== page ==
When it was my turn, I rose to my feet and introduced myself. The judge suddenly took on a look of mischievous glee. He drew himself up in his chair. He couldn’t suppress a smile as he listened to me summarize the case, tell him the amount of the claim and told him when the summons and statement of claim were served. It was creepy. I ended with the usual flourish, ‘The cause papers are in order. I pray from an order in terms, Tuan Hakim.’

“No. I decline to enter judgment.’

I was, as I regularly found myself in my early years of practice, stunned. What? Why? I checked!

‘I am sorry, Tuan Hakim, is there a problem with the cause papers?’

‘Yes, counsel. Of course, there is. If not, I would have entered judgment as prayed for.’

‘Which enclosure is the problem, Tuan Hakim?’

‘Enclosure three. Your affidavit of service.’

I quickly arrived at my file copy of the affidavit and scammed through it to see what was wrong but saw nothing.

‘Do you see it, Encik Fahri?’

I looked back up puzzled.

‘I am sorry, I don’t see what the problem is. The averments are in line with what I told Tuan Hakim earlier. I would be grateful if you can enlighten me.’

‘This is not a law school, Encik Fahri. This is a court of law. But for your benefit, I will tell you. Go to page three. Look at the bottom. Do you see?’

‘I am sorry, Tuan Hakim. I am looking at it and still don’t see.’

He theatrically sighed heavily.

‘Your affidavit endorsement does not comply with Form 78 and Order 41 r 1 (7) and (8) of the Rules of the High Court (‘RHC’). Your affidavit jurat does not have a title. According to a recent High Court decision, Hann Euu Tiam, your affidavit is defective and should be struck out. Are you aware of this case?’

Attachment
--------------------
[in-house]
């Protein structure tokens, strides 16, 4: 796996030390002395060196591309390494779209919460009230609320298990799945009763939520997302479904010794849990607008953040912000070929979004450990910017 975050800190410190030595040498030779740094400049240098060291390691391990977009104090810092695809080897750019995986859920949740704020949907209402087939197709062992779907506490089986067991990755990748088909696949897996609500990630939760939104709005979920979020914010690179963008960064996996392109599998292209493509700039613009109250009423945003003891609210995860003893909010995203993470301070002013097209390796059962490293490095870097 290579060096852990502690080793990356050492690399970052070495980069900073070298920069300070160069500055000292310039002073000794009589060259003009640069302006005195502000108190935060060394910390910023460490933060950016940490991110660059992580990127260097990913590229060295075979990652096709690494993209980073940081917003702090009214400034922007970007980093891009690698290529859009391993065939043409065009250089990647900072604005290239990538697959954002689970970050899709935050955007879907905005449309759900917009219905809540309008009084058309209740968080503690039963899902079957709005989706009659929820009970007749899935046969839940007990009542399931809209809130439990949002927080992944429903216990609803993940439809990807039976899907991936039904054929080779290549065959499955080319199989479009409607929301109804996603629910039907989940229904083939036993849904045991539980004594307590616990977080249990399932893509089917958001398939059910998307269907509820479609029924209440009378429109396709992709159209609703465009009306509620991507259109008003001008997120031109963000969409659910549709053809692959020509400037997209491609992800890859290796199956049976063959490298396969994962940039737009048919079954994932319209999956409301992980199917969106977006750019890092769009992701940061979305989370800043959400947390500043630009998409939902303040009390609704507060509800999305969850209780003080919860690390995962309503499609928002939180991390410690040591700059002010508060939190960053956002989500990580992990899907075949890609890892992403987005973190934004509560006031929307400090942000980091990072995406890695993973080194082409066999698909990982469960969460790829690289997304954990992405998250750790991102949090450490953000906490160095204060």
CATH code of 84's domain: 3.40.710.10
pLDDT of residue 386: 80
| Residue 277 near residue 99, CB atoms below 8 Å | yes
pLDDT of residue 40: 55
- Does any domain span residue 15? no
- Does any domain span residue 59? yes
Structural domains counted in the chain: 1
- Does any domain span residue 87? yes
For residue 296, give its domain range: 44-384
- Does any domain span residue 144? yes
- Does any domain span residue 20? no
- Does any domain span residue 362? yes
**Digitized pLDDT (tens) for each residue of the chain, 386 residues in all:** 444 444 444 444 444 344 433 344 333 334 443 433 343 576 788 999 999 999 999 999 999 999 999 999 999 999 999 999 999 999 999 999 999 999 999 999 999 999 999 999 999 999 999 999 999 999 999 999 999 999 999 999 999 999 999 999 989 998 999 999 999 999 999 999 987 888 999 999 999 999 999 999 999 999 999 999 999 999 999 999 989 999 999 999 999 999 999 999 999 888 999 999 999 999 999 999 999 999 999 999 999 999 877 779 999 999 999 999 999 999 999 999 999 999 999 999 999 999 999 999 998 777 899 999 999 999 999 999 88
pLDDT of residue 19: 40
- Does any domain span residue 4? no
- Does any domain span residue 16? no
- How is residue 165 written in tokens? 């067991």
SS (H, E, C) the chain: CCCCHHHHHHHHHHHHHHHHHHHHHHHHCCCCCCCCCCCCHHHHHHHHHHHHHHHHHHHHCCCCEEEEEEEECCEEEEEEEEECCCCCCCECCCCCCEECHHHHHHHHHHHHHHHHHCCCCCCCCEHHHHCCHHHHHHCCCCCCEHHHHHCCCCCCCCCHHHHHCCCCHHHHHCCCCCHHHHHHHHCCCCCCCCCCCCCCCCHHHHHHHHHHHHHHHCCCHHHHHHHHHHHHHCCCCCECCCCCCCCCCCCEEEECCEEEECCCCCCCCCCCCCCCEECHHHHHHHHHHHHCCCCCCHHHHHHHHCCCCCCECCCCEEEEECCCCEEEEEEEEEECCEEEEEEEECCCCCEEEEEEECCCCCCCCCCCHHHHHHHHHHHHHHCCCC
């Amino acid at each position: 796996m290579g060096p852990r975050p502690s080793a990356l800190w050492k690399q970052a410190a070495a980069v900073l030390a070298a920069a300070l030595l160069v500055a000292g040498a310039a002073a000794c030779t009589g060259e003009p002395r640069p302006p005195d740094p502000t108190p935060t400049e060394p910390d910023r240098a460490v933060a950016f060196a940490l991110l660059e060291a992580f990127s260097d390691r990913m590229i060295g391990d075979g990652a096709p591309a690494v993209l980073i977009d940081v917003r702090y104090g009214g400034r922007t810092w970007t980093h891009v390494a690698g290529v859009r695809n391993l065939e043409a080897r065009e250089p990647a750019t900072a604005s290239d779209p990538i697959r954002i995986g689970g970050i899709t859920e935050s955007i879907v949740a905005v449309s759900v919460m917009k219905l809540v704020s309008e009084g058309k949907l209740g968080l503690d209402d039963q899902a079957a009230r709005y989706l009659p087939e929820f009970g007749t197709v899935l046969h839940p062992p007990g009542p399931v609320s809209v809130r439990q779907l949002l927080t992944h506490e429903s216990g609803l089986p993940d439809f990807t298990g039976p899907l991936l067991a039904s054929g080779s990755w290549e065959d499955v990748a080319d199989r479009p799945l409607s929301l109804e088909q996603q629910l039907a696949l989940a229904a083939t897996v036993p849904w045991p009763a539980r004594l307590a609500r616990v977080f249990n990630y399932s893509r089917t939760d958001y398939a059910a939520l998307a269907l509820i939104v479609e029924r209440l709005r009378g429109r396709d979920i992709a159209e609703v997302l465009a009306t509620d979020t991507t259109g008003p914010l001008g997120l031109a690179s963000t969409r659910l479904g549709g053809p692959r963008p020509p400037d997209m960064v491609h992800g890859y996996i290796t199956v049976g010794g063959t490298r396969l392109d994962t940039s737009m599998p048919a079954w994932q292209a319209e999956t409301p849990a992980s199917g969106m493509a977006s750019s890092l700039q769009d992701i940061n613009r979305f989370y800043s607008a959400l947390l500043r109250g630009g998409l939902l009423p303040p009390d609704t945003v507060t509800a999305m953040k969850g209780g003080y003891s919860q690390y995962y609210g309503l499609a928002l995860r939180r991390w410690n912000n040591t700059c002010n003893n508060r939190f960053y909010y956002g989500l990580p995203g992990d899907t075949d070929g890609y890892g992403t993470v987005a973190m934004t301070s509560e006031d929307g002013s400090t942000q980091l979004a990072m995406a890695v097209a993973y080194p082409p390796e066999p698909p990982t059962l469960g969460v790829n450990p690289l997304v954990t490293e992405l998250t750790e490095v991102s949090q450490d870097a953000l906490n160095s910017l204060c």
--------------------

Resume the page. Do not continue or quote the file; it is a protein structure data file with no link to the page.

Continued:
Hann Euu Tiam decided that if an affidavit’s jurat did not have the ‘(Title as in action)’ in it (see below), the jurat was not valid thereby rendering the affidavits defective and cannot be relied on. The title of the action looks like the following:

A jurat is a statement about where and when the affidavit’s deponent swore to the contents of the affidavit and before whom. The form to be used is as follows:

‘I am sorry, Tuan Hakim. I am not aware of the case and will certainly read up about it after this,’ I said as I frantically flipped through my rules to get to Order 41 RHC. I knew there was a curative provision somewhere. I had seen it before. ‘But if I may just point out one thing,’ I said with deliberate slowness as I scanned the provision with my copy of the RHC.